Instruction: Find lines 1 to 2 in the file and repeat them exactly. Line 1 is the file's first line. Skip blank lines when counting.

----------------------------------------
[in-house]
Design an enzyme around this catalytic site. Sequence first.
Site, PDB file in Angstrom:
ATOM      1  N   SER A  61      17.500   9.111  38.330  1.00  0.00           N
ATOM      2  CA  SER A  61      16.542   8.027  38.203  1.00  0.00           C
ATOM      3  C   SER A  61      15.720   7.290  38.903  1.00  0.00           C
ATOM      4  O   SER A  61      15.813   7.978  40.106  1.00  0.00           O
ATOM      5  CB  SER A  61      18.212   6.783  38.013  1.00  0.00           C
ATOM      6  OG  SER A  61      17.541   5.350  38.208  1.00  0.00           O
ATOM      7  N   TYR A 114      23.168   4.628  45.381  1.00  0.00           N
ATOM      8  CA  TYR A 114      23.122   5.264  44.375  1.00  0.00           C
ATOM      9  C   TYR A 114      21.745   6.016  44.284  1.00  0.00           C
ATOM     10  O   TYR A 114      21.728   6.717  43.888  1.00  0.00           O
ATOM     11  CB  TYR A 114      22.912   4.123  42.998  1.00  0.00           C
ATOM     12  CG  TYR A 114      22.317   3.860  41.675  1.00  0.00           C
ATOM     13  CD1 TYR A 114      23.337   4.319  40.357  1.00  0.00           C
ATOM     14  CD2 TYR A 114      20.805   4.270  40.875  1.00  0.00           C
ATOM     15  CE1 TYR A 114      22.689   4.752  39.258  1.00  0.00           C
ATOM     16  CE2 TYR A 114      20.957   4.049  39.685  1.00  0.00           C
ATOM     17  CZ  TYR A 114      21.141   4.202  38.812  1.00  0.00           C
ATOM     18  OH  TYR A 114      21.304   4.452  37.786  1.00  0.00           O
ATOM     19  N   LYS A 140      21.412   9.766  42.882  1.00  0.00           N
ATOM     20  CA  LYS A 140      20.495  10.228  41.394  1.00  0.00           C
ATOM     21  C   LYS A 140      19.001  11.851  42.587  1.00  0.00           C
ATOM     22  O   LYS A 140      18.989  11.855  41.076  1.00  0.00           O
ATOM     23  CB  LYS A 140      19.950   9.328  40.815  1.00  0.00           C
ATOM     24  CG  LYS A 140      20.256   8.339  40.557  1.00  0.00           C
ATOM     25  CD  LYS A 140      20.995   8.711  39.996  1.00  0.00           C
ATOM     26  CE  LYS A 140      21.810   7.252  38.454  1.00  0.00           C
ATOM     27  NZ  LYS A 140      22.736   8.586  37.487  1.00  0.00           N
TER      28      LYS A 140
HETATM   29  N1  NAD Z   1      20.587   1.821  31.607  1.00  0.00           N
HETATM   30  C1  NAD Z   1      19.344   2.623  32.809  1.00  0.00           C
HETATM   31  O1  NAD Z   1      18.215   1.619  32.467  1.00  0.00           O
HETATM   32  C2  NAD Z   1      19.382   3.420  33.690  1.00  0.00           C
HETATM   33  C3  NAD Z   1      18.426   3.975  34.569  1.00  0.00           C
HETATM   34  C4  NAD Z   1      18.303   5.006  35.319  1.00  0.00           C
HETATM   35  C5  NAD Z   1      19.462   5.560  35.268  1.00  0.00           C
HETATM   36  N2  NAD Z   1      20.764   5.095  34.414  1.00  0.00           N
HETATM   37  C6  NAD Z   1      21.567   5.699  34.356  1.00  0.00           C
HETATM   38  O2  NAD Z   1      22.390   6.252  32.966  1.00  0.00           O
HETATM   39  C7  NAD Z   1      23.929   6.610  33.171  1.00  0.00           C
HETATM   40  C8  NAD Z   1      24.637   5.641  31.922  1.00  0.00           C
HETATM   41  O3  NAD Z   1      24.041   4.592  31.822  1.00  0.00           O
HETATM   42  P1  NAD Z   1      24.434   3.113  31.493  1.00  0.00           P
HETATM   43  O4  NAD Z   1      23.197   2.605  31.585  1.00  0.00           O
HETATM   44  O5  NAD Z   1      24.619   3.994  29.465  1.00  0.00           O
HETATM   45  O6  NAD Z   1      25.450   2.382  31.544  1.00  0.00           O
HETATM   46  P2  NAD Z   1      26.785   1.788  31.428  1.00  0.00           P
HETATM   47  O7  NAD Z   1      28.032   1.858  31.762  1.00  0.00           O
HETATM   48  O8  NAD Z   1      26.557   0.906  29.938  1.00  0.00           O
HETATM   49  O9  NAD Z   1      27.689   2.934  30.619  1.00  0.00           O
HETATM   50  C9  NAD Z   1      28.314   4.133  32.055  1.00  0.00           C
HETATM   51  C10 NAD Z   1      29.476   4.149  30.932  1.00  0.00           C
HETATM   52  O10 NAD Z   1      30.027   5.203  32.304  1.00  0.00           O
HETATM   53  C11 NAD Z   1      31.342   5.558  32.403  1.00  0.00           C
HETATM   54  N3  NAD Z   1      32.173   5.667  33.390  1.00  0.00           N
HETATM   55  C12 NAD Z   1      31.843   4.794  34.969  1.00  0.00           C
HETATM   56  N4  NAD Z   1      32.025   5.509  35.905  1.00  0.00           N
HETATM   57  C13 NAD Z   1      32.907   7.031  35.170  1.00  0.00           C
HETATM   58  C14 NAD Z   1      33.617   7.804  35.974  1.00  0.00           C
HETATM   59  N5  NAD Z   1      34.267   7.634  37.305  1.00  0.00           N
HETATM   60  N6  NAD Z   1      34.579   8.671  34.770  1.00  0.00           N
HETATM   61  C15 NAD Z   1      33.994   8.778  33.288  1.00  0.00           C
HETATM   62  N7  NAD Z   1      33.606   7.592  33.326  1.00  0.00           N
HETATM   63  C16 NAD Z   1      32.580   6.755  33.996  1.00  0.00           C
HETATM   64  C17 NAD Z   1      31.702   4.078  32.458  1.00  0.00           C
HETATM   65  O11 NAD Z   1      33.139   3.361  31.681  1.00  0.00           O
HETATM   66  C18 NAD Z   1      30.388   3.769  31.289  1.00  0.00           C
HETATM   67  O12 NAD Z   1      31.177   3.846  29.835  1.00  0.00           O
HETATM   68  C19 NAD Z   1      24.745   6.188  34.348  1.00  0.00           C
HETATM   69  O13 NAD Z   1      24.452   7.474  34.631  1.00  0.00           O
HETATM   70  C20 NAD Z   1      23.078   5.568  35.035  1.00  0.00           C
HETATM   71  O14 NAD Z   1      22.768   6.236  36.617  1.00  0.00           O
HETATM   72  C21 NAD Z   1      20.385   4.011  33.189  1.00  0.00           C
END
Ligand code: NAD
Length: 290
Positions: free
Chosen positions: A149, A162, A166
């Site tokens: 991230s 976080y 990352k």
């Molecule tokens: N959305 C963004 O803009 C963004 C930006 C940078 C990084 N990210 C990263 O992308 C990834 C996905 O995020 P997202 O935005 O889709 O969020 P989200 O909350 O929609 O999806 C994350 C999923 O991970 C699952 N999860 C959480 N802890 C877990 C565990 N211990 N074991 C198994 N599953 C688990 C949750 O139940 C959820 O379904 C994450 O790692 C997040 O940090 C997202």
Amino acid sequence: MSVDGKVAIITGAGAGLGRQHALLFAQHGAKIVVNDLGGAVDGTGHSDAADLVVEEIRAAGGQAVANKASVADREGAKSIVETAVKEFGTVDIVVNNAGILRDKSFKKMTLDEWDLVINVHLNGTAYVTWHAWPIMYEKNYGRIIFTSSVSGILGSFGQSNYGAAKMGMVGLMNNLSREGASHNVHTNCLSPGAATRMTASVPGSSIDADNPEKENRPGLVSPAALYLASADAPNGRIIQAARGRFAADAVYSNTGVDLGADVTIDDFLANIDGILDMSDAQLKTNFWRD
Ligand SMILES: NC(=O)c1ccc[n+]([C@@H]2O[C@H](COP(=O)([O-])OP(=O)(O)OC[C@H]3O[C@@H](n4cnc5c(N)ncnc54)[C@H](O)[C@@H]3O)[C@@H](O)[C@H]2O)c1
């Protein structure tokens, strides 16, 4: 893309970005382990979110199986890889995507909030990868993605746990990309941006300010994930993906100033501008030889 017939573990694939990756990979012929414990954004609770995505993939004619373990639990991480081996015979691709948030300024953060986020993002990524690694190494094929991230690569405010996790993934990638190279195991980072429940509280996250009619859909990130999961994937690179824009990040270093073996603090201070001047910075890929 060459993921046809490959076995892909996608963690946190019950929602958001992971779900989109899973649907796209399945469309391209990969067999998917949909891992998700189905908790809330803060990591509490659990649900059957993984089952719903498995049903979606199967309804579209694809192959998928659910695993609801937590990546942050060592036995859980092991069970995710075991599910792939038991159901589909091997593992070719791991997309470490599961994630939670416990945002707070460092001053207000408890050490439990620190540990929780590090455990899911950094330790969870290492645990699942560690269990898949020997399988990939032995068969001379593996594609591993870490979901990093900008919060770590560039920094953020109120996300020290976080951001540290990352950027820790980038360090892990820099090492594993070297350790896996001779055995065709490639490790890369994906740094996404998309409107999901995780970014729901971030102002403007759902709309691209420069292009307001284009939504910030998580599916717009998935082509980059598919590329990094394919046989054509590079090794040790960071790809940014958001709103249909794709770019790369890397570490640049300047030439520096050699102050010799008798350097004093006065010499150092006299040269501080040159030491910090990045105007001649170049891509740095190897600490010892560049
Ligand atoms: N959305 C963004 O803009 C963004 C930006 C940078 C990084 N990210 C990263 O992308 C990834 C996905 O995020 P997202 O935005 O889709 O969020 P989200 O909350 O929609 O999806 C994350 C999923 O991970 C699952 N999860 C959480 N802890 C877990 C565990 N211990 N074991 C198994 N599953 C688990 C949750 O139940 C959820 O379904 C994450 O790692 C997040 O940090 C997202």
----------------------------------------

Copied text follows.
[in-house]
Design an enzyme around this catalytic site. Sequence first.